Schaar: First of all: the status quo in the tech industry is not at all satisfactory. According to the German federal government’s latest equality report, the digital industry in Germany is still predominantly male – only 16% of all employees in the field are female. We need to pave the way early on in order to have girls and women enter technical professions later on down the line. To do this, traditional patterns must be broken and the socialization and education of our children must be completely detached from conventional notions regarding certain professions. This also means that we need to introduce girls and women to more traditional scientific and technical courses of study, and encourage and support them in their attempts to study programming or computer science. At the same time, I think language also plays a big role: In study or job profiles, using gender-neutral terms and phrases with less of a technical focus can address women a lot more successfully.


In order to address these challenges, what tips might you offer to different societal stakeholders: whether it be policymakers, tech employers themselves, educators, or parents?

Schaar: In order to achieve equality, changes need to be made in society, in companies, in politics and, last but not least, among women themselves. We basically need less skepticism about digital work models, because this makes it easier for women to take part and to effectuate change everywhere, including in the workplace. However, on the EU’s digitalization index, Germany ranks only 11th out of 28.

Work-life balance is just one of the many advantages that hybrid work models bring. However, this also requires corresponding initiatives from companies – for example, effective part-time models and working from home solutions. I would also like to see a clear commitment from policymakers, for example in the form of childcare options. The right political and structural framework conditions and incentives must also be created to encourage more women to realize their entrepreneurial ambitions. There is a need for concrete training opportunities, especially in the digital field, as well as targeted offers for female executives and entrepreneurs. Last but not least, we need more women who are committed to equality and who are not afraid to take the initiative and responsibility for themselves to follow this path. This also requires role models who are women in leadership positions. A gender quota is the first step – the fact that the EU recently agreed that listed companies must have at least 40 percent women on their executive boards by 2027 shows that something is happening here.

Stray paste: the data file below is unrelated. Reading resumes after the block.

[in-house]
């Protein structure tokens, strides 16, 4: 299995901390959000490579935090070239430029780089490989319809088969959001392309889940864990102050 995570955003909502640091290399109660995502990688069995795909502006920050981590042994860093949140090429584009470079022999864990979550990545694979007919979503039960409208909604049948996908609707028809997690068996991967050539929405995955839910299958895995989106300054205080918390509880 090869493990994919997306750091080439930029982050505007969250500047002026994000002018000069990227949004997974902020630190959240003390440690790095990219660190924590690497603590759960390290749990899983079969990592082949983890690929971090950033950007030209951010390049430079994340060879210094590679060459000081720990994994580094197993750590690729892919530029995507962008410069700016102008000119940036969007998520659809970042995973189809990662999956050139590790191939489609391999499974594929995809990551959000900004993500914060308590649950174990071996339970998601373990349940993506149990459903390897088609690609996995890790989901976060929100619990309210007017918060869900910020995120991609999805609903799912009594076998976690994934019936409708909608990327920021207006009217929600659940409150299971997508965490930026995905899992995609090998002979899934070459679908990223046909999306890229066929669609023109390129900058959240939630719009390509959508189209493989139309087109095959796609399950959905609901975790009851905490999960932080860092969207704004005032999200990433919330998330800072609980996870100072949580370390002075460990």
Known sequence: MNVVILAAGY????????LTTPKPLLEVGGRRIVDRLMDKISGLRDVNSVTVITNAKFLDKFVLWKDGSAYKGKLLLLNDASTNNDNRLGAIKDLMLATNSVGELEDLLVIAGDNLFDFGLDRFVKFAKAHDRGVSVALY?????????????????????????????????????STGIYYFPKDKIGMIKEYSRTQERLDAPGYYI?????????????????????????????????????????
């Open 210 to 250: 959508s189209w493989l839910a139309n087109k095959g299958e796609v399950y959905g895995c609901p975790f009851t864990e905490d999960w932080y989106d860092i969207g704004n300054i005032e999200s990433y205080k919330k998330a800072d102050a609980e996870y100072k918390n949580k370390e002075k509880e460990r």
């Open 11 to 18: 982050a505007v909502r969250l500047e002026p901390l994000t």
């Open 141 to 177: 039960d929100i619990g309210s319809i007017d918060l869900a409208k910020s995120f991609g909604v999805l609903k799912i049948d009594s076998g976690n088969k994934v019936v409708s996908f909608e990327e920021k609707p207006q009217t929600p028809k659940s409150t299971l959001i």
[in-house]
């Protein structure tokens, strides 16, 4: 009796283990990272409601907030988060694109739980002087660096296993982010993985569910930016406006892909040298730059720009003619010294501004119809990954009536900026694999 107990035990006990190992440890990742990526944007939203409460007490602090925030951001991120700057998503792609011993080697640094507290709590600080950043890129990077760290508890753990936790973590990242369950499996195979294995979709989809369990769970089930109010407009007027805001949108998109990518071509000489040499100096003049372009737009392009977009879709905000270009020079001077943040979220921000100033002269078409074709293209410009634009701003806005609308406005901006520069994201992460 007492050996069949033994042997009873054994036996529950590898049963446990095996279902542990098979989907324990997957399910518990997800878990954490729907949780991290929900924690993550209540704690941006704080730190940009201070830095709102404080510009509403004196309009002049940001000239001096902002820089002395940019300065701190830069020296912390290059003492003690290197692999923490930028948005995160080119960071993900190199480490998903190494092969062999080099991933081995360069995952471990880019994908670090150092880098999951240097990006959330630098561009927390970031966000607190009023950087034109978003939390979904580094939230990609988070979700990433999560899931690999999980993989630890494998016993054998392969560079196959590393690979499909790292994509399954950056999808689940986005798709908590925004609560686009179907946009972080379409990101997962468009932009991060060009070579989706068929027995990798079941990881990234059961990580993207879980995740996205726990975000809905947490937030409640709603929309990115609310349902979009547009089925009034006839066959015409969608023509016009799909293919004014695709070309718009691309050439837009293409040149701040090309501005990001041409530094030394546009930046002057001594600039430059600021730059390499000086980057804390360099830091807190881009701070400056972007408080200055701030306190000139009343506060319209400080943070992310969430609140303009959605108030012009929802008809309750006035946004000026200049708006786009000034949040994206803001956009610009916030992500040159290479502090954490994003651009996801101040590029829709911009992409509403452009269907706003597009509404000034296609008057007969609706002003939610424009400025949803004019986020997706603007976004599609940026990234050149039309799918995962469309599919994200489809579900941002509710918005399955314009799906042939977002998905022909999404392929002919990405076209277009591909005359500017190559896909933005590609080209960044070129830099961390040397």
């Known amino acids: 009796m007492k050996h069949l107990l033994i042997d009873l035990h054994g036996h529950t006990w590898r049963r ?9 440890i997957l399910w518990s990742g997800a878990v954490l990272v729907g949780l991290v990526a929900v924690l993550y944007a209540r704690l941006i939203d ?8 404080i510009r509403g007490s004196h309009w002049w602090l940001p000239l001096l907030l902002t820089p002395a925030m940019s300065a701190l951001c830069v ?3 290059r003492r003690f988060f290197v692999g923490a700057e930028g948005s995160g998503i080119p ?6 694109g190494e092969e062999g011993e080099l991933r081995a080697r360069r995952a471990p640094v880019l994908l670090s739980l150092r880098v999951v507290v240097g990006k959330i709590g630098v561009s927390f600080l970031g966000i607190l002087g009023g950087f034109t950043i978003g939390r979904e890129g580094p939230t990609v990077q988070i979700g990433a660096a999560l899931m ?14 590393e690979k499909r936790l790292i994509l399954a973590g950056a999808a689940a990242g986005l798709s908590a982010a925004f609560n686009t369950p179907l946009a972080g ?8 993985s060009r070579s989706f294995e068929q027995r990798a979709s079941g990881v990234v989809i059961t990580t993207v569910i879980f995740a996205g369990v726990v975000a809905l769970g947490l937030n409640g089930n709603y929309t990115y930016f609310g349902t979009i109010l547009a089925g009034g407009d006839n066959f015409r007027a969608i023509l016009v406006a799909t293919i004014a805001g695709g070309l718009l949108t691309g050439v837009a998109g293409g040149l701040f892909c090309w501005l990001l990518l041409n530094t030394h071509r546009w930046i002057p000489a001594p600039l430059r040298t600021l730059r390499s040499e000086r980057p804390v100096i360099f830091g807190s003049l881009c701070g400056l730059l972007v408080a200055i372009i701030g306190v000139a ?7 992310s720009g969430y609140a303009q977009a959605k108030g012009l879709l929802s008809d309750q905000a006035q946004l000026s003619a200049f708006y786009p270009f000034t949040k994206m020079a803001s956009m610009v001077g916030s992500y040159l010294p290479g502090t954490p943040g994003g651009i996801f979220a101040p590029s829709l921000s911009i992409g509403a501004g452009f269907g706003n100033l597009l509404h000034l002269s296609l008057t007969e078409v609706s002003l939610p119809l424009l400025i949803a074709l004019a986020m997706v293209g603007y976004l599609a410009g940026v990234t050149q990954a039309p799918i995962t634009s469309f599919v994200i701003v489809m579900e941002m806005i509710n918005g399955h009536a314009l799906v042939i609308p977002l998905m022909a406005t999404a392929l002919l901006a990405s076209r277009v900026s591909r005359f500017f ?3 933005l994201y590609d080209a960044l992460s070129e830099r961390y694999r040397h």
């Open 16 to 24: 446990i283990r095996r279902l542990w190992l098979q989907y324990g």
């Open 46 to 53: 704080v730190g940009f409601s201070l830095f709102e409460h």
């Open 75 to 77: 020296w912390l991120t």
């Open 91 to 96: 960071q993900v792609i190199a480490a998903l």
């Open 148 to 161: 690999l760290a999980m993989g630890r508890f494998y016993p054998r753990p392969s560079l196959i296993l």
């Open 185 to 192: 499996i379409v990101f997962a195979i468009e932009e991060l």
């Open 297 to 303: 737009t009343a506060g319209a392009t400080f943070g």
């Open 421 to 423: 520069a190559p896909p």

If you were currently a teenage girl, are there one or two initiatives out there that you imagine would really spark your interest for a career in the tech industry?

 Schaar: We are currently experiencing a shift of values in our society. Young people today have very different priorities than older people. They are growing up with technology and feel at home in social networks. At the same time, the “Fridays for Future” generation has a strong environmental awareness and is committed to social justice. Private life is more important than careers, and the notion of pure consumption is switching over to the desire to be active in business oneself. According to a survey by Ernst & Young, 53% of 15-25 year olds would like to run their own business within the next ten years. What all of this shows: Young people want to actively and consciously help shape the future. In this regard, the tech industry in particular offers incredibly important and versatile opportunities!

Digitalization makes it possible to make a contribution to the socio-geopolitical environment – whether it’s through the development of Smart City concepts to make cities future-oriented, efficient, and socially inclusive; or the commitment to green IT and the question of how digital transformation can be shaped in a climate-friendly and sustainable manner. The pandemic in particular has also brought the topic of New Work and the future of work into focus – and at the same time shown that this is only made possible by technology. I see the co-design of new, hybrid work models in connection with work-life balance and homeschooling concepts as extremely exciting for a career in the tech industry.


Sabine Schaar joined Equinix in 2020 as Regional Vice President Sales. As a member of the German Executive Board, Ms. Schaar is responsible for direct end customer business for large enterprises in the German market. Previously, between 2015 and 2020, she worked at the consulting and IT/technology company Capgemini as Chief Sales Officer Business Unit Germany and subsequently as Market Segment Head of Consumer Products & Retail Germany. In her former role as a member of Lufthansa Systems’ board of directors, she was responsible for sales in Germany. Ms. Schaar has a major in economics.

Sabine Schaar, Equinix